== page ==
Energy crops are currently promoted as potential sources of alternative energy that can help mitigate the climate change caused by greenhouse gases (GHGs). The perennial crop Miscanthus × giganteus is considered promising due to its high potential for biomass production under conditions of low input. However, to assess its potential for GHG mitigation, a better quantification of the crop's contribution to soil organic matter recycling under various management systems is needed. The aim of this work was to study the effect of abscised leaves on carbon (C) and nitrogen (N) recycling in a Miscanthus plantation. The dynamics of senescent leaf fall, the rate of leaf decomposition (using a litter bag approach) and the leaf accumulation at the soil surface were tracked over two 1-year periods under field conditions in Northern France. The fallen leaves represented an average yearly input of 1.40 Mg C ha -1 and 16 kg N ha -1. The abscised leaves lost approximately 54% of their initial mass in 1 year due to decomposition; the remaining mass, accumulated as a mulch layer at the soil surface, was equivalent to 7 Mg dry matter (DM) ha -1 5 years after planting. Based on the estimated annual leaf-C recycling rate and a stabilization rate of 35% of the added C, the annual contribution of the senescent leaves to the soil C was estimated to be approximately 0.50 Mg C ha -1yr -1 or 10 Mg C ha -1 total over the 20-year lifespan of a Miscanthus crop. This finding suggested that for Miscanthus, the abscised leaves contribute more to the soil C accumulation than do the rhizomes or roots. In contrast, the recycling of the leaf N to the soil was less than for the other N fluxes, particularly for those involving the transfer of N from the tops of the plant to the rhizome. © 2012 Blackwell Publishing Ltd.
Piutti S.,CNRS Agronomy and Environment Laboratory |
Slezack-Deschaumes S.,CNRS Agronomy and Environment Laboratory |
Niknahad-Gharmakher H.,CNRS Agricultural Resources Fragmentation and Environment |
Niknahad-Gharmakher H.,Gorgan University of Agricultural Sciences and Natural Resources |
And 3 more authors.
European Journal of Soil Biology | Year: 2015
A laboratory incubation experiment was performed to examine the changes of soil microbial communities possessing arylsulfatase (ARS) activity. Different plant residues were incorporated into soils, and the resulting changes in the density and ARS activity of these communities relative to the sulfate content were studied. Mustard, fescue and wheat plant residues with different biochemical compositions and carbon (C):sulfur (S) ratios ranging from 60 to 486 were tested. Soil lacking residues was included as a control. Among the tested residues, mustard was the most labile and the most rapidly mineralized, leading to a significant 67% increase in the soil microbial biomass C (SMBC) compared with the control. The incorporation of mustard into soil induced a significant shift in the balance of microbes possessing ARS activity (ie. ratio bacteria:fungi) with an increase in the bacterial component producing ARS (ARS-B) but no change in ARS activity. A principal component analysis revealed clear differences between the soil samples according to both the nature of the residues incorporated and the duration of incubation. The correlation coefficients between the different variables showed that the ARS-B:ARS-F ratio was strongly correlated with the soil sulfate content (r = 0.81, p < 0.05). However, ARS activity was more closely correlated with ARS-F density than with ARS-B density (r = 0.63, p < 0.05 and r = 0.29, p < 0.1, respectively). The relative stability of the soil ARS activity, regardless of the nature of the residues incorporated was likely due to non-limiting S conditions for microbial growth in the soil used in this study. © 2015 Elsevier Masson SAS.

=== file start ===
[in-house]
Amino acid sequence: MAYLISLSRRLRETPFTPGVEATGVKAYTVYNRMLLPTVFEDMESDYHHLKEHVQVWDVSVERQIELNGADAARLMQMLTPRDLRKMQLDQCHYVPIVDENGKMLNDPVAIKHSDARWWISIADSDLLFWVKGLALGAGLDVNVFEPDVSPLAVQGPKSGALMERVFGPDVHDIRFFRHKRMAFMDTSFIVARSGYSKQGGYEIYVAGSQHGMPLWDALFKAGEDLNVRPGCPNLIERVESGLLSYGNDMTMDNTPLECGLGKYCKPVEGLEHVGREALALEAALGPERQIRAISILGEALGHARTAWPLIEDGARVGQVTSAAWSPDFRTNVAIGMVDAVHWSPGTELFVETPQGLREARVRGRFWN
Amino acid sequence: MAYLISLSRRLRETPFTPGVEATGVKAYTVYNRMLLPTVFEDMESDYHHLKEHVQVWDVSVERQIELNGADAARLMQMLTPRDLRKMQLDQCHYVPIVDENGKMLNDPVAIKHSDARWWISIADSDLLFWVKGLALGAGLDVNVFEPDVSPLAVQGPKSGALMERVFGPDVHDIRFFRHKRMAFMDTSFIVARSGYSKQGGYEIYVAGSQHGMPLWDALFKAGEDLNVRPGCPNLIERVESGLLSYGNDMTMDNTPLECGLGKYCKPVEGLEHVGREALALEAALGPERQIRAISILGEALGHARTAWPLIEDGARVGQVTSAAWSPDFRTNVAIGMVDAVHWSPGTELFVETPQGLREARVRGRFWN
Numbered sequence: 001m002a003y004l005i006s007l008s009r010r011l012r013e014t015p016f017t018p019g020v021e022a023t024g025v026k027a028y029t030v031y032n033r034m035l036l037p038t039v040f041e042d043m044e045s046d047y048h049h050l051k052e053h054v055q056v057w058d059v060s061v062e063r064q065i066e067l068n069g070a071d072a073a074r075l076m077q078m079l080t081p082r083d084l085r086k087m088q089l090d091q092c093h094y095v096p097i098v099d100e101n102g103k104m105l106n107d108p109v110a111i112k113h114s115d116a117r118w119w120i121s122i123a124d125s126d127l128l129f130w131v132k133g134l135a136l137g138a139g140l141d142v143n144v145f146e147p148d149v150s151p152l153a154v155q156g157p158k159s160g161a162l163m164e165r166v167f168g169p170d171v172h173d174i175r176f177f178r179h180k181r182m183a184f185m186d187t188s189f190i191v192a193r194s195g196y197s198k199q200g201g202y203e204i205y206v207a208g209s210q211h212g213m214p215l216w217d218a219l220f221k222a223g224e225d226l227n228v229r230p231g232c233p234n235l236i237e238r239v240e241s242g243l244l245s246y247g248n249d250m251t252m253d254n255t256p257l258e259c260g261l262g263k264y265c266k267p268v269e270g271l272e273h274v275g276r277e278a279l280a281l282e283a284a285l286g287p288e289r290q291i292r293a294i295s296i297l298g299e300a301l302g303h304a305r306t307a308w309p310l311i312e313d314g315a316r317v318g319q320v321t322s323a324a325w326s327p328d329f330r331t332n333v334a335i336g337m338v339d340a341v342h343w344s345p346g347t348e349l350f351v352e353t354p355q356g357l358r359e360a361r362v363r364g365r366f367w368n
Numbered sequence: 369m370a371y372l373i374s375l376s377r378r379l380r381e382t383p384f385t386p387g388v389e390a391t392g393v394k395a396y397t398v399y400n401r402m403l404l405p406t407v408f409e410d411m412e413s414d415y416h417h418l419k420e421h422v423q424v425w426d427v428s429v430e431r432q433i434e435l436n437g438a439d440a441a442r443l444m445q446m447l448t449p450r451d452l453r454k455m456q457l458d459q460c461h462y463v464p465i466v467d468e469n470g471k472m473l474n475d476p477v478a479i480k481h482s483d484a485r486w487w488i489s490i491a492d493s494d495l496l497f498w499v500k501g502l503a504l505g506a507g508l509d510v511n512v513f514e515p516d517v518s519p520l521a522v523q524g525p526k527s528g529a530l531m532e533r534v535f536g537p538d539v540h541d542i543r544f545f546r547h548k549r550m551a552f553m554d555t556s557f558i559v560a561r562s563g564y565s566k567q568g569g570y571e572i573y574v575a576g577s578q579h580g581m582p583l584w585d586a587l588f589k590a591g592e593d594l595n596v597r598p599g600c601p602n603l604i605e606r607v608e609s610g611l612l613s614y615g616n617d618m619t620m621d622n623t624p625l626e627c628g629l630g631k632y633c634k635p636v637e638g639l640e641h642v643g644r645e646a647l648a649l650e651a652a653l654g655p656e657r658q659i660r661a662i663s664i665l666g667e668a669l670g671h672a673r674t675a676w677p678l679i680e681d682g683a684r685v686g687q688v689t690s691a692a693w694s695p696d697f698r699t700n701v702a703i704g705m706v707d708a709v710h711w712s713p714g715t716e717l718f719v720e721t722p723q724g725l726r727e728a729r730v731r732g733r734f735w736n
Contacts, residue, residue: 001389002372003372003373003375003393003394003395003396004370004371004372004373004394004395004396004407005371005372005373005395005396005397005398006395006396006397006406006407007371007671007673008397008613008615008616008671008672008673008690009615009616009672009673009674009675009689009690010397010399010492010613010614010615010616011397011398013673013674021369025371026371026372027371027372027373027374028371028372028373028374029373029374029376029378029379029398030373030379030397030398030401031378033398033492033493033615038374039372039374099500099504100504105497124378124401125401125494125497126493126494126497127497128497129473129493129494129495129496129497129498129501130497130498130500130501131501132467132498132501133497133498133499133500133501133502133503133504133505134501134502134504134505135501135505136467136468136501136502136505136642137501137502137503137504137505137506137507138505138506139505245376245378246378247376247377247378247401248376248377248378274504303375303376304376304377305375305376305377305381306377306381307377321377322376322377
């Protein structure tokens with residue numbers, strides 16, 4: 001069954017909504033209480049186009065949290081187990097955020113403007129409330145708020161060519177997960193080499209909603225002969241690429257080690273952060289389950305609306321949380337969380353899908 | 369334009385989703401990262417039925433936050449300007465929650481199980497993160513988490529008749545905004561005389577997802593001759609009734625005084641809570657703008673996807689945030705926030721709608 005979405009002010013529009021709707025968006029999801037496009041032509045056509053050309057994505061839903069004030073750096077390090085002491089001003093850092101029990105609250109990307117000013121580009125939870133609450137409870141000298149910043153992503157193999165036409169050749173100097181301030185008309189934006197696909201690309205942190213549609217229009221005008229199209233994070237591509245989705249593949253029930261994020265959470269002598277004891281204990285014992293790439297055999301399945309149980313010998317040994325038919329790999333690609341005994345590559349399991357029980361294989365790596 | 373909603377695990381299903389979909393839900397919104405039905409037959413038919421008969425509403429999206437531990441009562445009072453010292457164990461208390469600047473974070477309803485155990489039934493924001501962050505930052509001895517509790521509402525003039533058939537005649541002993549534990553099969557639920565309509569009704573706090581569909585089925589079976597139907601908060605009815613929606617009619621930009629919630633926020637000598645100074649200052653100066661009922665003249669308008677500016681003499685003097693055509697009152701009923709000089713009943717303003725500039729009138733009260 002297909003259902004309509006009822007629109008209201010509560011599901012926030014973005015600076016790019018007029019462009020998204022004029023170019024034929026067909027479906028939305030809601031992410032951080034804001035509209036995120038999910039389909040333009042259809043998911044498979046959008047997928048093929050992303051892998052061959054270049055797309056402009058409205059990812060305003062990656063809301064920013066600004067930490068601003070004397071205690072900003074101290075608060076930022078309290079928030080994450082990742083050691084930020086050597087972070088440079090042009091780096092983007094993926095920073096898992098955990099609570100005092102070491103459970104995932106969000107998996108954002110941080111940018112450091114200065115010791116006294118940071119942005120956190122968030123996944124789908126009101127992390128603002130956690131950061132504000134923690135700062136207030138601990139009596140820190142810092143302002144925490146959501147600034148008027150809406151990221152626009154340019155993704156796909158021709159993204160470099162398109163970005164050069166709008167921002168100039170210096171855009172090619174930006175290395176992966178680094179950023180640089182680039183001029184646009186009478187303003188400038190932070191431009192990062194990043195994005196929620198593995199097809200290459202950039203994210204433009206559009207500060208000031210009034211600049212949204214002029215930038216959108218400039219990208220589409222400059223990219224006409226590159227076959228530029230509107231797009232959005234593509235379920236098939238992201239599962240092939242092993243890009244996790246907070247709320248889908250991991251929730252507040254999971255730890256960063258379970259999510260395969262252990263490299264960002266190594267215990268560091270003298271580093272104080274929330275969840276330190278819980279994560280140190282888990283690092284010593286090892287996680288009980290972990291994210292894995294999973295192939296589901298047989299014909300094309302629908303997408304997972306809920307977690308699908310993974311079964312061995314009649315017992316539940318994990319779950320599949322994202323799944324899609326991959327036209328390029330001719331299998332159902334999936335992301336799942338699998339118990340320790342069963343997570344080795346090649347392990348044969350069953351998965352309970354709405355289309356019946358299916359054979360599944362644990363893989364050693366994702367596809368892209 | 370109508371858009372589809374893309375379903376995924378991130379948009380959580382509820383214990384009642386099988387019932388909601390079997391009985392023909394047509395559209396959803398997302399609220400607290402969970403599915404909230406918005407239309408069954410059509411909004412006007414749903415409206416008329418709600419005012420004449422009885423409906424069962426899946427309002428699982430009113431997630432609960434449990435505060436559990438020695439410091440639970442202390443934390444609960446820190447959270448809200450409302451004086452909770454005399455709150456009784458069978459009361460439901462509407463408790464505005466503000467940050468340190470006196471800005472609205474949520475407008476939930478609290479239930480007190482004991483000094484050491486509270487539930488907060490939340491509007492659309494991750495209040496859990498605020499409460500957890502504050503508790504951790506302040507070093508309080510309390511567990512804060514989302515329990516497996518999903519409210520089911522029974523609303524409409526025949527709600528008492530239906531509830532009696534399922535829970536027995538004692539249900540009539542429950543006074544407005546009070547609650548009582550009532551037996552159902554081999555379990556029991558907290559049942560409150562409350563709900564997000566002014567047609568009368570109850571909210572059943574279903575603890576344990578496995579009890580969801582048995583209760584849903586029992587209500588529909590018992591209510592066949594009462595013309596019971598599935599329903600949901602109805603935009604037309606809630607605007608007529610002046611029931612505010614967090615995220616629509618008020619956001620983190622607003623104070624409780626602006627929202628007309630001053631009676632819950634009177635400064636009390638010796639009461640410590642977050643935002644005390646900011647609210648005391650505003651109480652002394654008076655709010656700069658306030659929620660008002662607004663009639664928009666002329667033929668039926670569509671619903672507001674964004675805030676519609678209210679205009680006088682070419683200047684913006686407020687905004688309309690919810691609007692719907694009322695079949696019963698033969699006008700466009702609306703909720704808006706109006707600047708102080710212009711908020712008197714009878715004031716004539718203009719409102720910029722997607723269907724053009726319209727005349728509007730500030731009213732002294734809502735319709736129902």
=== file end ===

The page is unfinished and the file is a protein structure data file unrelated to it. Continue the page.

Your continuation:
Jbilou F.,University of Lyon |
Joly C.,University of Lyon |
Galland S.,University of Lyon |
Belard L.,Pole Europeen de Plasturgie |
And 5 more authors.
Polymer Testing | Year: 2013
Plasticised corn flour/poly(butylene succinate-co-butylene adipate) (PBSA) materials were prepared by extrusion and injection in order to study the impact of PBSA ratio on their physicochemical properties and biodegradability. Scanning electron microscopy observations showed that corn flour and PBSA are incompatible. Three types of morphology have been observed: (i) starch dispersed in a PBSA matrix, (ii) a "co-continuous-like" morphology of starch and PBSA, and (iii) PBSA dispersed in a starch matrix. As expected, the extent of plasticised corn flour starch hydrolysis by amylolytic enzymes decreased when the amount of PBSA increased. Addition of a lipase to hydrolyse PBSA ester bonds enhanced enzymatic hydrolysis of starch by amylolytic enzymes in materials where PBSA formed a continuous phase. This suggests that PBSA formed a barrier restricting the access of amylolytic enzymes to starch. This was consistent with aerobic and anaerobic biodegradation assays, which also showed lower biodegradability of materials containing a majority of PBSA. © 2013 Elsevier Ltd. All rights reserved.
Bag R.,CNRS Agricultural Resources Fragmentation and Environment |
Beaugrand J.,CNRS Agricultural Resources Fragmentation and Environment |
Dole P.,CNRS Agricultural Resources Fragmentation and Environment |
Kurek B.,CNRS Agricultural Resources Fragmentation and Environment
Holzforschung | Year: 2011